Mark Bridge writes:
Every so often, I see a new product that I’d like to review. I’ll usually send a note to the relevant company, borrow a review copy and send it back when I’ve finished.
And every so often I’ll be approached by a company that wants me to review a product. Sometimes I’ll say yes, sometimes I’ll say no. It all depends whether or not I think I’m the right person for the job.
When IntSig offered me a copy of a mobile application called CamScanner, I wasn’t too sure. It seemed very clever... but I wasn’t convinced I’d have much use for it. Eventually curiosity overtook my caution, I accepted the offer and installed the app.
CamScanner, which is available for iPhone and Android devices, does pretty much what the name suggests. It turns the phone’s camera into a scanner, enabling users to photograph documents and then save or email the resulting file.
At this point you’re probably saying “but I can already send photos without needing an app”. You’re absolutely right. That’s what I thought, too.
However, there are two aspects of CamScanner that set it apart from a mere camera.
One is the choice of file types. As well as sending photos as JPEG files, it’s possible to turn your scanned documents into a pdf document. Eight pages of text can become an 8-page pdf document, not eight separate photos. And, of course, it’s not just restricted to scanning A4 pages. Anything from business cards to whiteboards can be photographed.
The next trick - and this is what justifies the product’s name - is the photo processing. A conventional photo of a document is unlikely to show pure black printing on a bright white background, even if that’s how it started. What happens if you’re taking your picture through glass... or at an angle... or accidentally include something else as well?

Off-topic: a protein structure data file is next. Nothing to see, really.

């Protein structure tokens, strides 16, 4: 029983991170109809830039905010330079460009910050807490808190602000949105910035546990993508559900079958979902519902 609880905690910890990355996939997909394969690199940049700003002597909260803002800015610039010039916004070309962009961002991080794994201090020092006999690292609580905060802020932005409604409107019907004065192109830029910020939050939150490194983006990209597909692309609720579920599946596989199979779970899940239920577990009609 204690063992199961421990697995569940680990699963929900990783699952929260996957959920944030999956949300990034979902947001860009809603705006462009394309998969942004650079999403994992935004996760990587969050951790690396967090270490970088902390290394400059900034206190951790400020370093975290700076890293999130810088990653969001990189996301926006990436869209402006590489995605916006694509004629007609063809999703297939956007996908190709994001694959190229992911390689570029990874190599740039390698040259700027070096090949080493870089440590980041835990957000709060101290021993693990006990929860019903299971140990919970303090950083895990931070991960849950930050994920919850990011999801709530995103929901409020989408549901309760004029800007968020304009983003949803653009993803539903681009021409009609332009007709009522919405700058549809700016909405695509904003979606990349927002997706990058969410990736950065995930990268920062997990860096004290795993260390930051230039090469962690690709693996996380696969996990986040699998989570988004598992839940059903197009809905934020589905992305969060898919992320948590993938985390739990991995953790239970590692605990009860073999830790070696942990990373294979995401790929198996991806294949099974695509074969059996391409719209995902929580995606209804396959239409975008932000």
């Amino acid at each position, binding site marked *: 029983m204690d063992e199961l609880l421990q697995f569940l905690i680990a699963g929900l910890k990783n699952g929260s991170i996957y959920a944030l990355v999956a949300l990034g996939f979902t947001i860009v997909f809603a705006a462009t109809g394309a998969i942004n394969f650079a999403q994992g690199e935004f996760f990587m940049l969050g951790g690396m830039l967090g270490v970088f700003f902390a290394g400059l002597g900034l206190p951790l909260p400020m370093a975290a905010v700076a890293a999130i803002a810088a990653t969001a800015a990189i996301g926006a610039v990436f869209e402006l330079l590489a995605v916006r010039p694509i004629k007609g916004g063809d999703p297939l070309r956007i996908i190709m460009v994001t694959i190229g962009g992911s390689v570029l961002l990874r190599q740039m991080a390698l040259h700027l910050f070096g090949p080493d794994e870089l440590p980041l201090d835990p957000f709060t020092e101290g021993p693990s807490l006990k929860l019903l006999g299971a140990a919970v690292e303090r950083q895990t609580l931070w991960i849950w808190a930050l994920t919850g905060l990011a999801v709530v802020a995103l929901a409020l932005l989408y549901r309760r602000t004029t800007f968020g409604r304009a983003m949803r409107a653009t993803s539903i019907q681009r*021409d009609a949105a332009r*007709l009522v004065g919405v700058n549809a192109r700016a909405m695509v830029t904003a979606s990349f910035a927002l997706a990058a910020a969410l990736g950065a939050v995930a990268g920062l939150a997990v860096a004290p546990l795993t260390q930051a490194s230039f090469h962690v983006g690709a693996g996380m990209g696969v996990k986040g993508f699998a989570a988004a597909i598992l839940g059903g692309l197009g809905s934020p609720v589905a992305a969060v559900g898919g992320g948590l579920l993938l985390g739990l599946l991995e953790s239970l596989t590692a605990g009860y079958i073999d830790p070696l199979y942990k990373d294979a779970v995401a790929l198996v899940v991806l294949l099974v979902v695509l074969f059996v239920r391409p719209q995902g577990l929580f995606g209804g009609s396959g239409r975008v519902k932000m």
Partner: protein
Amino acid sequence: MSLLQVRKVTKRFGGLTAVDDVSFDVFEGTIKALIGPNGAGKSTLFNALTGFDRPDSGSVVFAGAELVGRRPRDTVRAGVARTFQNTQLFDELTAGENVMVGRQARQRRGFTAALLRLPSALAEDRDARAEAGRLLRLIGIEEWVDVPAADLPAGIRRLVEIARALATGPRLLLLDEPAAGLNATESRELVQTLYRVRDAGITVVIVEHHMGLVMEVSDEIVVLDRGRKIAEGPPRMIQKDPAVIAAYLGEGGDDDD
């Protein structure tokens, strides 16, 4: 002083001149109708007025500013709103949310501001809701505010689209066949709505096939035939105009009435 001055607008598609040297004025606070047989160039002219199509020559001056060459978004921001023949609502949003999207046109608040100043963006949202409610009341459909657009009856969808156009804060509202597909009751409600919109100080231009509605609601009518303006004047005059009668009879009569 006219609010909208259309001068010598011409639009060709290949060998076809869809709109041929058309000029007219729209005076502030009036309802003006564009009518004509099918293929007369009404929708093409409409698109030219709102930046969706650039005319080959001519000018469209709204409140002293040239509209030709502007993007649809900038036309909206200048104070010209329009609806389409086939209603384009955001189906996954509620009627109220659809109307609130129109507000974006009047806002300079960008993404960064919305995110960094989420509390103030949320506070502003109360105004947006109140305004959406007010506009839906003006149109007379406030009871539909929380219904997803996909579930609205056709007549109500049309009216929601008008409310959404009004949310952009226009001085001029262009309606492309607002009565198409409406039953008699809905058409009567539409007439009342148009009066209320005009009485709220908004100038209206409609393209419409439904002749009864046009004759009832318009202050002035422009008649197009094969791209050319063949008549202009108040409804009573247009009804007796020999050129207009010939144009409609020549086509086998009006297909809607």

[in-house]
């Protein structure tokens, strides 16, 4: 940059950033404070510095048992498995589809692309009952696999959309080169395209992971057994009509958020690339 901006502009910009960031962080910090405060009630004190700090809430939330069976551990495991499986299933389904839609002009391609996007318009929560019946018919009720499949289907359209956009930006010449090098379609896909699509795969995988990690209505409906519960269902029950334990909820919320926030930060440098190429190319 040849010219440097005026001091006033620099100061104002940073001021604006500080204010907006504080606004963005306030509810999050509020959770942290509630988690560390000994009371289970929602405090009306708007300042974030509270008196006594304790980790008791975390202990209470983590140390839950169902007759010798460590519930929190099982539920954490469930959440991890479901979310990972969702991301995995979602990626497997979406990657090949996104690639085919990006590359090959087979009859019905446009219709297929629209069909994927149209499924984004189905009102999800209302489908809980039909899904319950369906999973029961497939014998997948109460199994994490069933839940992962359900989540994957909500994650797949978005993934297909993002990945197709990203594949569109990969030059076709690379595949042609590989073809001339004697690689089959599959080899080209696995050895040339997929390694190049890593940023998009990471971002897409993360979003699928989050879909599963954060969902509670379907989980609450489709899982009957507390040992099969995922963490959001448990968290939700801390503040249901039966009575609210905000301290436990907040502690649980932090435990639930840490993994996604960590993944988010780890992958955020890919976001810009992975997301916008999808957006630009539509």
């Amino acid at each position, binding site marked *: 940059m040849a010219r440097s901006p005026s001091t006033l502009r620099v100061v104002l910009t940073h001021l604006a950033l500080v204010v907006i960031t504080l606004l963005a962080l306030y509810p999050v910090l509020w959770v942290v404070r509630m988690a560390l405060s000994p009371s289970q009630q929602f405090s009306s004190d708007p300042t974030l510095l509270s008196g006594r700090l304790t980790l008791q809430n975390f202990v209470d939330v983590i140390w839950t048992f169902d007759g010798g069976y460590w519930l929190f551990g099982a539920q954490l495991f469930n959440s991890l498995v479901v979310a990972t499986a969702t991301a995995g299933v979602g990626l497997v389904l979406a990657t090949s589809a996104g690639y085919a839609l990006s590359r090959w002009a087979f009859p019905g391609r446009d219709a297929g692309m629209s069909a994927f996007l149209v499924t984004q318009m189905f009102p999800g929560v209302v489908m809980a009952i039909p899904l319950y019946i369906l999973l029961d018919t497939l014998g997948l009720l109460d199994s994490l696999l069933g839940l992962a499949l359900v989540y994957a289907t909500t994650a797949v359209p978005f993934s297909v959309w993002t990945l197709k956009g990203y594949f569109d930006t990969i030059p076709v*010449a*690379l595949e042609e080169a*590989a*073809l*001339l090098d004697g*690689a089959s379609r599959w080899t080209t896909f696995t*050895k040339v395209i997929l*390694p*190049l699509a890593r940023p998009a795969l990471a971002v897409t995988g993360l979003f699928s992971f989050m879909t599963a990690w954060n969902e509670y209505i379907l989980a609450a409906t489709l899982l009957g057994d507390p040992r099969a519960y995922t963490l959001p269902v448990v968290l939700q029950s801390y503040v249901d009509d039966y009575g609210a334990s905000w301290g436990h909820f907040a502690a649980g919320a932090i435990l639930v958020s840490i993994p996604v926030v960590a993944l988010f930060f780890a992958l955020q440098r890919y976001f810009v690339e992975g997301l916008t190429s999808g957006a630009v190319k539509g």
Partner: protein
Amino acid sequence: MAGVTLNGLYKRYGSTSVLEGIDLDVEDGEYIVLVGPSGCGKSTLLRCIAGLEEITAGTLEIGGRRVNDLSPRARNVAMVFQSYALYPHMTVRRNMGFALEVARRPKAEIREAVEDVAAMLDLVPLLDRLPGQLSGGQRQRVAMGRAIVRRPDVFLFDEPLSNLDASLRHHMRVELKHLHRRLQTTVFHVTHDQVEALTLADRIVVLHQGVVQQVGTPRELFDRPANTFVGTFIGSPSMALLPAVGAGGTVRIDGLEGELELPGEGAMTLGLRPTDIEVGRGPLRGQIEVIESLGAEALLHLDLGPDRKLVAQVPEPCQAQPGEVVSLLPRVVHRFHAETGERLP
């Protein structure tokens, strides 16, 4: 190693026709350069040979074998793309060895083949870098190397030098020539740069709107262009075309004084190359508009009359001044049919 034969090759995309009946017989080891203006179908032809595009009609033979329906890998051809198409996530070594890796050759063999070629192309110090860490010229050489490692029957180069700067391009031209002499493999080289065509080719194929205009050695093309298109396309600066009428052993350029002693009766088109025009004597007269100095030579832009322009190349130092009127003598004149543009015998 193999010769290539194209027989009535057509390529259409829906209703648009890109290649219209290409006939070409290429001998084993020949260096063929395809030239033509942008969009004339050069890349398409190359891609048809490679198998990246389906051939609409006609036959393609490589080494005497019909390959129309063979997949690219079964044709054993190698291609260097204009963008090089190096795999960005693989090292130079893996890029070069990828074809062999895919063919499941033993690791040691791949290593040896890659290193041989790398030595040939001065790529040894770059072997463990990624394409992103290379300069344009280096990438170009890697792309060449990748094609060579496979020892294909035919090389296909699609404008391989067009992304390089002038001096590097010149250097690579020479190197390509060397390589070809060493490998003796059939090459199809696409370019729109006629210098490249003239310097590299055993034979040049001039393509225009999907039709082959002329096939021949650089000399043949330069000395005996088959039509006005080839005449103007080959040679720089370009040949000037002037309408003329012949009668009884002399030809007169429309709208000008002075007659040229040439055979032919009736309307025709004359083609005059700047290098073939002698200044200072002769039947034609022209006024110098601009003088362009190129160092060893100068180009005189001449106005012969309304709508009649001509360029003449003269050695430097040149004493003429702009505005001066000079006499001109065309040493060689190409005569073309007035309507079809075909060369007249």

CamScanner handles all of those issues very well. Cropping, skewing and enhancing images takes place automatically on a preview screen but all aspects - including contrast, brightness and detail - can be overridden manually. Documents can be scanned by starting the app and tapping the camera button or by loading a previously-taken photo from the gallery. It’s also possible to ‘batch process’ a number of images together.
All that’s missing from the Android version is OCR (optical character recognition) to search text within images, although uploading my pdf to Google Drive or the premium version of Evernote enables me to do this. The CamScanner iPhone app already has a ‘search text within image’ option.
If I regularly compiled reports about site visits or ended up with piles of receipts to claim, I’d definitely want this. I can see students using the app for note-taking, particularly as the pdf files can be tagged with keywords.
And even though I’m not the perfect target for CamScanner, I’ve still put the app to plenty of use. Proof of posting, copies of menus, magazine articles, newspaper stories... all copied and filed. In fact, filing is something else that CamScanner makes easy. Sharing options within the application include online storage, cloud printing and even fax (at an extra cost) along with email and Bluetooth.
CamScanner is available in free (ad-funded) and paid-for (ad-free) versions. UK pricing is currently £2.99 for the iOS version and £3.99 for Android.